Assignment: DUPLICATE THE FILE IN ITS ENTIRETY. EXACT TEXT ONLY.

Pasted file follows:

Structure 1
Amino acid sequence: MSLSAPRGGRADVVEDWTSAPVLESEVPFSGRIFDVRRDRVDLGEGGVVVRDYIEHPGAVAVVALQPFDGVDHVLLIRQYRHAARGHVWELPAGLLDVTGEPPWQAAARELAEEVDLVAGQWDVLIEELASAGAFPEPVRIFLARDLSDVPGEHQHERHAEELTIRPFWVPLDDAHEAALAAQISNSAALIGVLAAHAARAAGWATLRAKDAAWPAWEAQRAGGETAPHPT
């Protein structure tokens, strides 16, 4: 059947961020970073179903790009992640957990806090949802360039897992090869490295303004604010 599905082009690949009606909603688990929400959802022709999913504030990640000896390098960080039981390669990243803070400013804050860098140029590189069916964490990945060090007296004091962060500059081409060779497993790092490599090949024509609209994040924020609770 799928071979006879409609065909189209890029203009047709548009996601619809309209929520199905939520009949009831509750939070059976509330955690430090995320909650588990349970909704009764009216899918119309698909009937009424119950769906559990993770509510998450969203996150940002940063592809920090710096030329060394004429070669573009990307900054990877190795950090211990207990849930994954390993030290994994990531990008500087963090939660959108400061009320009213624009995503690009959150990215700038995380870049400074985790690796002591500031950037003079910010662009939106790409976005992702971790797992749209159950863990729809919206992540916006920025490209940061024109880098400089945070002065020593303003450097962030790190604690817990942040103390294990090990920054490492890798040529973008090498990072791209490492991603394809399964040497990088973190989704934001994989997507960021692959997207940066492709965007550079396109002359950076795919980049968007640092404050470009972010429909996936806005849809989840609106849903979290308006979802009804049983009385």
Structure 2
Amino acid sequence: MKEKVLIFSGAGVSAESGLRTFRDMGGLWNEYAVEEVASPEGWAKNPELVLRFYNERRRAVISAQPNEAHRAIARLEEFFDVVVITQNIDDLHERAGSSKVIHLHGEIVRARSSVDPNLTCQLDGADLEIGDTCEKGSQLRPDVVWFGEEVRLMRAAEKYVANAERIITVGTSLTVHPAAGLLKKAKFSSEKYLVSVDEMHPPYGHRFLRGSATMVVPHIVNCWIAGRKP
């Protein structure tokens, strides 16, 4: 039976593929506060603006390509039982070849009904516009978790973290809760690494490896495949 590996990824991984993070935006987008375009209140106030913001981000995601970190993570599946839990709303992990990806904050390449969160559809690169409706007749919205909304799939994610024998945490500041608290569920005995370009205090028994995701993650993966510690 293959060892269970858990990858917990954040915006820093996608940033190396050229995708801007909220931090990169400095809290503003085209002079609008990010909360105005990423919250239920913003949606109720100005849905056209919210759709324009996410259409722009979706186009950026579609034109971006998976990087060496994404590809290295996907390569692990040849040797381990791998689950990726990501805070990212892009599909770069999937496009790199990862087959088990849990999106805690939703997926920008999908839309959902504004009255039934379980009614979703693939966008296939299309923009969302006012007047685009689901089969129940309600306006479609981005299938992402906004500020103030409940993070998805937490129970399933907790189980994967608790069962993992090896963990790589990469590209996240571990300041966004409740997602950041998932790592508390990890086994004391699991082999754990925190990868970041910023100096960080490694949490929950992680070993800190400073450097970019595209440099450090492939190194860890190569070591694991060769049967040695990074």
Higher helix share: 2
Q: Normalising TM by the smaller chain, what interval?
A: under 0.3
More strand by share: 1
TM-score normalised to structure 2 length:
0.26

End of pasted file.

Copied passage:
Structure 1
Amino acid sequence: MSLSAPRGGRADVVEDWTSAPVLESEVPFSGRIFDVRRDRVDLGEGGVVVRDYIEHPGAVAVVALQPFDGVDHVLLIRQYRHAARGHVWELPAGLLDVTGEPPWQAAARELAEEVDLVAGQWDVLIEELASAGAFPEPVRIFLARDLSDVPGEHQHERHAEELTIRPFWVPLDDAHEAALAAQISNSAALIGVLAAHAARAAGWATLRAKDAAWPAWEAQRAGGETAPHPT
């Protein structure tokens, strides 16, 4: 059947961020970073179903790009992640957990806090949802360039897992090869490295303004604010 599905082009690949009606909603688990929400959802022709999913504030990640000896390098960080039981390669990243803070400013804050860098140029590189069916964490990945060090007296004091962060500059081409060779497993790092490599090949024509609209994040924020609770 799928071979006879409609065909189209890029203009047709548009996601619809309209929520199905939520009949009831509750939070059976509330955690430090995320909650588990349970909704009764009216899918119309698909009937009424119950769906559990993770509510998450969203996150940002940063592809920090710096030329060394004429070669573009990307900054990877190795950090211990207990849930994954390993030290994994990531990008500087963090939660959108400061009320009213624009995503690009959150990215700038995380870049400074985790690796002591500031950037003079910010662009939106790409976005992702971790797992749209159950863990729809919206992540916006920025490209940061024109880098400089945070002065020593303003450097962030790190604690817990942040103390294990090990920054490492890798040529973008090498990072791209490492991603394809399964040497990088973190989704934001994989997507960021692959997207940066492709965007550079396109002359950076795919980049968007640092404050470009972010429909996936806005849809989840609106849903979290308006979802009804049983009385």
Structure 2
Amino acid sequence: MKEKVLIFSGAGVSAESGLRTFRDMGGLWNEYAVEEVASPEGWAKNPELVLRFYNERRRAVISAQPNEAHRAIARLEEFFDVVVITQNIDDLHERAGSSKVIHLHGEIVRARSSVDPNLTCQLDGADLEIGDTCEKGSQLRPDVVWFGEEVRLMRAAEKYVANAERIITVGTSLTVHPAAGLLKKAKFSSEKYLVSVDEMHPPYGHRFLRGSATMVVPHIVNCWIAGRKP
């Protein structure tokens, strides 16, 4: 039976593929506060603006390509039982070849009904516009978790973290809760690494490896495949 590996990824991984993070935006987008375009209140106030913001981000995601970190993570599946839990709303992990990806904050390449969160559809690169409706007749919205909304799939994610024998945490500041608290569920005995370009205090028994995701993650993966510690 293959060892269970858990990858917990954040915006820093996608940033190396050229995708801007909220931090990169400095809290503003085209002079609008990010909360105005990423919250239920913003949606109720100005849905056209919210759709324009996410259409722009979706186009950026579609034109971006998976990087060496994404590809290295996907390569692990040849040797381990791998689950990726990501805070990212892009599909770069999937496009790199990862087959088990849990999106805690939703997926920008999908839309959902504004009255039934379980009614979703693939966008296939299309923009969302006012007047685009689901089969129940309600306006479609981005299938992402906004500020103030409940993070998805937490129970399933907790189980994967608790069962993992090896963990790589990469590209996240571990300041966004409740997602950041998932790592508390990890086994004391699991082999754990925190990868970041910023100096960080490694949490929950992680070993800190400073450097970019595209440099450090492939190194860890190569070591694991060769049967040695990074």
Higher helix share: 2
Q: Normalising TM by the smaller chain, what interval?
A: under 0.3
More strand by share: 1
TM-score normalised to structure 2 length:
0.26